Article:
The main challenges we see are double taxation, investment security guarantees, unprepared investment attraction (need for clarity and objectivity in projects), the lack of reciprocal knowledge of the Arab and Brazilian markets, protectionist barriers, few bilateral agreements between Brazil and Arab countries, and tardiness in signing and ratifying extra-regional agreements.
To address these issues, we are looking at formulating agreements that protect Arab investments and prevent double taxation, creating a committee to discuss best practices in attracting investment, health agreements for the opening of the meat market in Morocco, Algeria, and Sudan; facilitating the process of registration of Arab products together with Brazilian regulatory bodies; fostering the discussion of the port sector; promoting official visits by the executive in order to increase investments and trade flows; facilitating business visas for entrepreneurs; bureaucratising the certification of Brazilian exports; working on the Brazil-Arab Countries National Food Security Plan; the free trade agreements, and furthering the Mercosur agreement.
What are current statistics about the products exported by Brazil to Egypt and the share of each product, and the products exported by Egypt to Brazil and their share of the volume of trade?
In 2017, the main Brazilian products exported to Egypt were sugar at $592.32m, bovine meat at $518.83m, the second larger importer from Brazil, maize-corn worth $501.04m, iron ore for $254.59m, poultry for $224.21m, soy beans worth $39.5m, live bovine worth $28.98m-meaning the products are mainly from the foodstuff sector. The main Egyptian imports from Brazil were fertilisers worth $78.15m, petroleum for $18.81m, prepared or preserved vegetables at $14.41m, and cotton yarn for $7.73m.
Among the Arab countries, Egypt was the 3rd main destination for Brazilian exports and the 6th main supplier for Brazilian imports.
What is the volume of exports of Brazilian meat (beef and chicken, statistics for each product) in the first nine months of this year to Egypt?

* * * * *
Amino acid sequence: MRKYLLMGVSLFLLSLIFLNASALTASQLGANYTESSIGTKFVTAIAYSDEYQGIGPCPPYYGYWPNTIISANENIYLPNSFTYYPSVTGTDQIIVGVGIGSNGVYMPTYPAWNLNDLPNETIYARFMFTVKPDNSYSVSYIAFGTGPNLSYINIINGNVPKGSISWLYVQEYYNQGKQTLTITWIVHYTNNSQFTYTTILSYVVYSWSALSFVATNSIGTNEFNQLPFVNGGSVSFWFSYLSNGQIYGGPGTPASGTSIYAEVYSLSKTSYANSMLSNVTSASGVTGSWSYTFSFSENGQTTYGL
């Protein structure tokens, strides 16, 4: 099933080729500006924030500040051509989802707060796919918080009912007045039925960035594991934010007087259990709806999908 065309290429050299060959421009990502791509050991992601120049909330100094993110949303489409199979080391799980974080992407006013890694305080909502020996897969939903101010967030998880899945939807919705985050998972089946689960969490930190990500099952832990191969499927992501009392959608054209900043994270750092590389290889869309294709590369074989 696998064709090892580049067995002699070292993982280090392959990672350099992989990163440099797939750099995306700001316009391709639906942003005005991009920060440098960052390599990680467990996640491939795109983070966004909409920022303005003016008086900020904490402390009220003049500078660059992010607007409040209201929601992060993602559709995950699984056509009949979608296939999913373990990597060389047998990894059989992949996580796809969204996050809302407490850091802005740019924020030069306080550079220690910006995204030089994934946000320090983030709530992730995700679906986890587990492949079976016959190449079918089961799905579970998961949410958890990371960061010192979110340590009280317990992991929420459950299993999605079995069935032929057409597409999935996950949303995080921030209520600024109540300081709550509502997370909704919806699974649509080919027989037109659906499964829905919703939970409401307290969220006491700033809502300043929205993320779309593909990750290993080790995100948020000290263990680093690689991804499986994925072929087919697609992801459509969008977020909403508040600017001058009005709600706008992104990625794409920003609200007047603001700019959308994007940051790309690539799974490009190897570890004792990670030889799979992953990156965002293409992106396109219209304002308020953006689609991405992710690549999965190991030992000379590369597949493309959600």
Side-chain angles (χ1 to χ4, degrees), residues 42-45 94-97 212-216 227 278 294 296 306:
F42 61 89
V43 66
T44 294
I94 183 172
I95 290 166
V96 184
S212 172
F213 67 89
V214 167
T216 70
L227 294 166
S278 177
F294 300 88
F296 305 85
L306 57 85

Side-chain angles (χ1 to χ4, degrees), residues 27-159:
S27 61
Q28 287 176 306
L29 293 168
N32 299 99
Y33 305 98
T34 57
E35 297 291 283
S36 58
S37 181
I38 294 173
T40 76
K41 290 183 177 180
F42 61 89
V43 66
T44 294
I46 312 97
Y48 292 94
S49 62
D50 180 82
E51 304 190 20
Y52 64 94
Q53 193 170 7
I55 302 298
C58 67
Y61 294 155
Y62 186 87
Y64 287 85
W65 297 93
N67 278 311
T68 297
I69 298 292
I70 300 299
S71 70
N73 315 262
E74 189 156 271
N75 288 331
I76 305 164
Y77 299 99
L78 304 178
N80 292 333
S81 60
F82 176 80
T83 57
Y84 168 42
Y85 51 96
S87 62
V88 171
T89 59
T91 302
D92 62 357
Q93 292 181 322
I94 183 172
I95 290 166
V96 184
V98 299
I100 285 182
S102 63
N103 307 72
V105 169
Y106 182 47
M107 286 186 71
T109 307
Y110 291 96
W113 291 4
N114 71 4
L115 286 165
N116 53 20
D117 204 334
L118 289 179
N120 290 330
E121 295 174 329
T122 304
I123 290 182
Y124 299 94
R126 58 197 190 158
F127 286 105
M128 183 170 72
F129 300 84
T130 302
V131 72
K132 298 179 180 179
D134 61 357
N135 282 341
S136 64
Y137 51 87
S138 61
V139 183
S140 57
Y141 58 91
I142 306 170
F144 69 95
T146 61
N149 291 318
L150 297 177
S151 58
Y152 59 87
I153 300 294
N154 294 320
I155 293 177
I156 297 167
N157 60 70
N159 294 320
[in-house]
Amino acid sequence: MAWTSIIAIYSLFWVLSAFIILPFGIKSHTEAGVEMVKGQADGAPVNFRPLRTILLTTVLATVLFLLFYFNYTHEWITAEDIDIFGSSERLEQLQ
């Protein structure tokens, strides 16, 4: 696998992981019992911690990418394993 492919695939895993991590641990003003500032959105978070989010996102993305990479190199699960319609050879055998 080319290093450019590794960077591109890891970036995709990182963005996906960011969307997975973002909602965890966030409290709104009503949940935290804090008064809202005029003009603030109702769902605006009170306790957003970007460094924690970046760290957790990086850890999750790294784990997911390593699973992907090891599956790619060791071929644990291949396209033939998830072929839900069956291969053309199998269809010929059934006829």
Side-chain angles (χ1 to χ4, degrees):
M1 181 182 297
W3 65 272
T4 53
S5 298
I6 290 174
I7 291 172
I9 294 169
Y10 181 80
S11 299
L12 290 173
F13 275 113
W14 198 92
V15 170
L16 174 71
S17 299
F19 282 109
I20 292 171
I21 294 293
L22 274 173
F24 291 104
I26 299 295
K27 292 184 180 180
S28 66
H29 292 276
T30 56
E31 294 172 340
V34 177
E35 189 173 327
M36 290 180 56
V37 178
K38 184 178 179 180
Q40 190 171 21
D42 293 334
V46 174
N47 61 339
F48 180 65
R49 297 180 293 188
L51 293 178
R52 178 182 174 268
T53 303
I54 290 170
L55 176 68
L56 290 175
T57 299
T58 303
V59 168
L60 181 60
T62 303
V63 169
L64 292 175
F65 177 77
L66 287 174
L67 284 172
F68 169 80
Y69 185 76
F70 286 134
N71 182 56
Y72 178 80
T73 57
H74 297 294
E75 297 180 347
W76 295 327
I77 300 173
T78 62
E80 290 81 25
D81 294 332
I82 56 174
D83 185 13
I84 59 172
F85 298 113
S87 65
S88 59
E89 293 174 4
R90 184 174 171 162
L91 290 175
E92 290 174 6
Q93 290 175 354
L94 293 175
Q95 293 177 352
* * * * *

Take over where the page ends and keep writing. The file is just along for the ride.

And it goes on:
In the first nine months of 2018, the volume of bovine meat exported from Brazil to Egypt increased 19%, reaching 23,000 tonnes and $363,44m. In the same period, the exports of chicken meat reached 1,060 thousand tonnes and $42,777m.
Until the end of 2018, we forecast that exports of Brazilian bovine and chicken meat, will reach the same value of 2017, as a result of external issues regarding the quality of Brazilian production and the implications of the strike that occurred in that country.
What is the current size of Brazilian investments in Egypt, and is there a plan for its development in the coming period?
To date, there are two Brazilian companies in Egypt, Marcopolo (automotive sector) and Camargo Corrêa (construction sector), and on the other hand, Kapci coatings from Egypt has a trade office in Brazil.
The distance between Arab countries and South America is one of the most important obstacles to the development of trade. Is there a scheme to facilitate the movement of transport and the presence of direct lines?
Based on a report conducted by the ABCC regarding the logistics among South American countries and the Arab countries, we believe that the advance in trade between Brazil and Egypt, whether for sale to the country or through the country (seeking re-export ), tends to stimulate other service providers in the production chain, such as logistics and transport companies, customs services to develop, thereby further contributing to the development of foreign trade between these countries.